Evidence forLeishmania (Viannia)Parasites in the Skin and Blood of Patients Before and After Treatment

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American cutaneous leishmaniasis is considered to be a zoonotic disease transmitted by sand flies that feed on infected sylvatic mammals. However, the “domestication” of transmission and the increase in treatment failure with antimonial drugs have raised the suspicion of anthroponotic transmission of American cutaneous leishmaniasis


The objective of the present study was to explore the potential of humans as a source of infection for sand flies. Biological (xenodiagnosis and culture) and molecular (polymerase chain reaction/Southern blot) detection methods were used to evaluate peripheral-blood monocytes and tissue fluids from sites accessible to sand flies from 59 adult patients with parasitologically confirmed American cutaneous leishmaniasis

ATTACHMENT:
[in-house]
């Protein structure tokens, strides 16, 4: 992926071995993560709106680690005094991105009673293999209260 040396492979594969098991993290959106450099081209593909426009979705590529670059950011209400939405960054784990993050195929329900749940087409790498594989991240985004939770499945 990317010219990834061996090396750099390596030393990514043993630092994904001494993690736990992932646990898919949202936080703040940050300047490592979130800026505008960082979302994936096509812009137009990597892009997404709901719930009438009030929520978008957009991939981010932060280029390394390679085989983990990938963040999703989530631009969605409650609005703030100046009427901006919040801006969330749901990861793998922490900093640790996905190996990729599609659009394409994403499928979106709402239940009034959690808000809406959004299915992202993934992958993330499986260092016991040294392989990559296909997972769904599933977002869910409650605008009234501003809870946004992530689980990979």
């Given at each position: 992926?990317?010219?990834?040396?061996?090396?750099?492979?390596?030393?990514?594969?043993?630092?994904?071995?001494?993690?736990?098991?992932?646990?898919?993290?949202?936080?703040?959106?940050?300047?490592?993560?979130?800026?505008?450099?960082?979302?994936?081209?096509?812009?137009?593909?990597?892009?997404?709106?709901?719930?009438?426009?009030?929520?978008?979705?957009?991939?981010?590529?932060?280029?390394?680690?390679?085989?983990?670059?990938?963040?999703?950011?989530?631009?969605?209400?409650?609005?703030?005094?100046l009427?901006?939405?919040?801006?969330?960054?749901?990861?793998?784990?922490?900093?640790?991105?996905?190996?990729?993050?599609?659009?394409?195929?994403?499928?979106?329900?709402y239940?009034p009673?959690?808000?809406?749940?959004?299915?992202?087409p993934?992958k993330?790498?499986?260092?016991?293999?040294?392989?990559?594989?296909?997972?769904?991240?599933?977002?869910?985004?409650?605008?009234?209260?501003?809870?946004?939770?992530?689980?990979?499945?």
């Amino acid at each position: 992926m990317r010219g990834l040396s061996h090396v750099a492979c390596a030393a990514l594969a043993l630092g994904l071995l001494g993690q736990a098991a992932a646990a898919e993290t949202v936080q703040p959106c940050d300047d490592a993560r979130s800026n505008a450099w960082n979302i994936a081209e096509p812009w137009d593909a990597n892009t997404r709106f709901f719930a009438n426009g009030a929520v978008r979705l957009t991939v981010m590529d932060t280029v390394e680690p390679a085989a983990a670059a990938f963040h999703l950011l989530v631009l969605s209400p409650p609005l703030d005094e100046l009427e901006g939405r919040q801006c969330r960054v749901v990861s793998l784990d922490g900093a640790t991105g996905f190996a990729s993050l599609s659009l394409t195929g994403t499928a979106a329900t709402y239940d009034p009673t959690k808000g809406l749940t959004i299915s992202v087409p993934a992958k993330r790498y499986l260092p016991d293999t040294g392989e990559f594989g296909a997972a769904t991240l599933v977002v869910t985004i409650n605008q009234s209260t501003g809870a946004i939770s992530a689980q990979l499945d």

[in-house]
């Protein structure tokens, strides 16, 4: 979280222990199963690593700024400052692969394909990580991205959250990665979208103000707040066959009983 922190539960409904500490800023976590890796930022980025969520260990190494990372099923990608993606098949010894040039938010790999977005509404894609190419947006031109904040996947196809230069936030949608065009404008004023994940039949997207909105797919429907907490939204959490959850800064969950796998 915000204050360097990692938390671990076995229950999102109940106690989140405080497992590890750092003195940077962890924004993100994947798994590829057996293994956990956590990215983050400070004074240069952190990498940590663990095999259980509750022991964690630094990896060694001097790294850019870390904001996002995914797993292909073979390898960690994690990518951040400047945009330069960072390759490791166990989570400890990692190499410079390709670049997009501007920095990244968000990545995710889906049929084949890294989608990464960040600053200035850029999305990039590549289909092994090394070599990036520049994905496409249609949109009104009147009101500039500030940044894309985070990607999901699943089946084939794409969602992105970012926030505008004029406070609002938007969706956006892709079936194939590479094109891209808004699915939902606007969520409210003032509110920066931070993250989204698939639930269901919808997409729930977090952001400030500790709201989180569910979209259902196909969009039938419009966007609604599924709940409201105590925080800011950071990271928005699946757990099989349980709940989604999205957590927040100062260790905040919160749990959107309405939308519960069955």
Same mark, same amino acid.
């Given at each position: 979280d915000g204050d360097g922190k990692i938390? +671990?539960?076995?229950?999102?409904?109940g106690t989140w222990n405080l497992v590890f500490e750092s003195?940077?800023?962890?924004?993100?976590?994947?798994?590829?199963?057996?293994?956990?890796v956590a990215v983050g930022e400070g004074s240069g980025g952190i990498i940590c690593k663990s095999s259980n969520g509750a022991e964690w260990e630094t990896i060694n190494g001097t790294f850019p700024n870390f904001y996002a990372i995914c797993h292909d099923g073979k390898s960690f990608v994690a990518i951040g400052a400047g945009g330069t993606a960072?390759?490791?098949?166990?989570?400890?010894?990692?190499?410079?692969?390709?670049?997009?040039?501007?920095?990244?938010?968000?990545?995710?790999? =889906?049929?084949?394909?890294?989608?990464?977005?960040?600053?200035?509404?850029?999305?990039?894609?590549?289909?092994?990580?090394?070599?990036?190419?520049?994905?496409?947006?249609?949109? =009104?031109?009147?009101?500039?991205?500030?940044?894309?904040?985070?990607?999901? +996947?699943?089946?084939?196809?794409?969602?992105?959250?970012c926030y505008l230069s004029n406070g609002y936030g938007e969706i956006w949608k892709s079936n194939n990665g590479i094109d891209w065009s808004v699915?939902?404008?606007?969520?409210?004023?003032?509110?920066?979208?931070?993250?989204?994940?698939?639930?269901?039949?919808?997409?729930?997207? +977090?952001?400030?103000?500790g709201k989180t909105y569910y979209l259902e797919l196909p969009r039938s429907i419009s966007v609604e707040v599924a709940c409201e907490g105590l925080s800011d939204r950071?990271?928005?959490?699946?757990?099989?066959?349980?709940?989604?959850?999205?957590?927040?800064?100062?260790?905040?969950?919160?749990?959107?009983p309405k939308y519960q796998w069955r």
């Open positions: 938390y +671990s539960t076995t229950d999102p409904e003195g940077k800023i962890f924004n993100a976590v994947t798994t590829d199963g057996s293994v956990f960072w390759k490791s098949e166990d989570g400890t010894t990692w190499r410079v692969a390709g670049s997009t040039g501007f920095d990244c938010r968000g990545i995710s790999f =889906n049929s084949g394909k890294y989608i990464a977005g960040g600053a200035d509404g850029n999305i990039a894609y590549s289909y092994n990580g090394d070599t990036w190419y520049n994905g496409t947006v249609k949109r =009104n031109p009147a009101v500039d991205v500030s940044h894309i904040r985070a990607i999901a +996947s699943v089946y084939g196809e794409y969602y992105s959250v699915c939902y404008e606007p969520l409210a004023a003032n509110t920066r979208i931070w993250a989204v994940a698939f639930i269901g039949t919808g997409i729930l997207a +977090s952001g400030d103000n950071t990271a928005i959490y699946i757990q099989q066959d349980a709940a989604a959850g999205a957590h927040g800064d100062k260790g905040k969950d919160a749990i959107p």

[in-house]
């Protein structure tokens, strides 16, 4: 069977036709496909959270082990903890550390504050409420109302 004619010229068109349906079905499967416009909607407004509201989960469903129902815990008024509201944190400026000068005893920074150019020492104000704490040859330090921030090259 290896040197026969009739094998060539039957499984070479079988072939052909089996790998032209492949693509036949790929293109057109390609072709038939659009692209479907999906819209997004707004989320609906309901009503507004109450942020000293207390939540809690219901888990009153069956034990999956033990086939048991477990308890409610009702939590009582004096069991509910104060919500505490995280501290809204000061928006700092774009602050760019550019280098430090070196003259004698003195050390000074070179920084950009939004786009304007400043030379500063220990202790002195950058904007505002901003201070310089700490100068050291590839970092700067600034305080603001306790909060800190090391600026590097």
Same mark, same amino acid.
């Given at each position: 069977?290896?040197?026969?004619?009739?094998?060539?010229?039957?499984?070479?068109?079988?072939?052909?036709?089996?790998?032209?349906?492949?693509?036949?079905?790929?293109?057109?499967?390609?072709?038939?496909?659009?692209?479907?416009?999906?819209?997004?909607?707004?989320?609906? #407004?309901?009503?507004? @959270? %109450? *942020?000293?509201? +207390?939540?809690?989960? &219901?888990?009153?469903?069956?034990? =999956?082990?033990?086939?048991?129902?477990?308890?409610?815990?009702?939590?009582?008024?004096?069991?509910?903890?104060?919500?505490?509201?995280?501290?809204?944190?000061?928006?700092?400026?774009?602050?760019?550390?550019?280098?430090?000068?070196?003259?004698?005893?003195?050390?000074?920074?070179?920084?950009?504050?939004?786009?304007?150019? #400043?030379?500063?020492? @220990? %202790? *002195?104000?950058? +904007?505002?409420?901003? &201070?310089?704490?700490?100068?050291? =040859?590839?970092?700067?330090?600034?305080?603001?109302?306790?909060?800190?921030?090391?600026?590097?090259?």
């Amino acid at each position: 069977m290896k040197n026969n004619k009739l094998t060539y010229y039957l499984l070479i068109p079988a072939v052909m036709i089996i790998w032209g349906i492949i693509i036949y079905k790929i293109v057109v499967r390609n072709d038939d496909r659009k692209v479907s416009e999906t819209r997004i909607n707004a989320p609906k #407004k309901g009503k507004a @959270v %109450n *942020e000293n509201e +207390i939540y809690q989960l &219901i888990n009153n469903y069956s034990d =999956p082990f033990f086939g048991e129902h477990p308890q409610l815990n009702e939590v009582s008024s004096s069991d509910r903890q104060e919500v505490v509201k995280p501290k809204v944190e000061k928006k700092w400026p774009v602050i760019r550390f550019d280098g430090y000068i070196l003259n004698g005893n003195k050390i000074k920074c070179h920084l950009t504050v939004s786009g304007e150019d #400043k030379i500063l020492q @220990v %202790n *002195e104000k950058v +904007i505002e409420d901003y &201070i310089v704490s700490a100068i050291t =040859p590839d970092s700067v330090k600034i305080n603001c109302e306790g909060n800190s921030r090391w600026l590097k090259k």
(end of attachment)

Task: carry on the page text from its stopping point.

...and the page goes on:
Overall, 44.1% of patients (26/59) presented biological and/or molecular evidence of Leishmania parasites in normal skin, peripheral-blood monocytes, lesion scars, or lesion border (by xenodiagnosis) before (18/59 [30.5%]) or after (10/27 [37.0%]) treatment. Leishmania parasites were cultured from the unaffected skin of 2 (3.6%) of 55 patients, and xenodiagnosis gave positive results for 5 (8.8%) of 57 patients before treatment


The presence of Leishmania parasites in the unaffected skin and peripheral-blood monocytes of a high proportion of patients even after treatment and the acquisition of infection by sand flies support the plausibility of anthroponotic transmission of American cutaneous leishmaniasis

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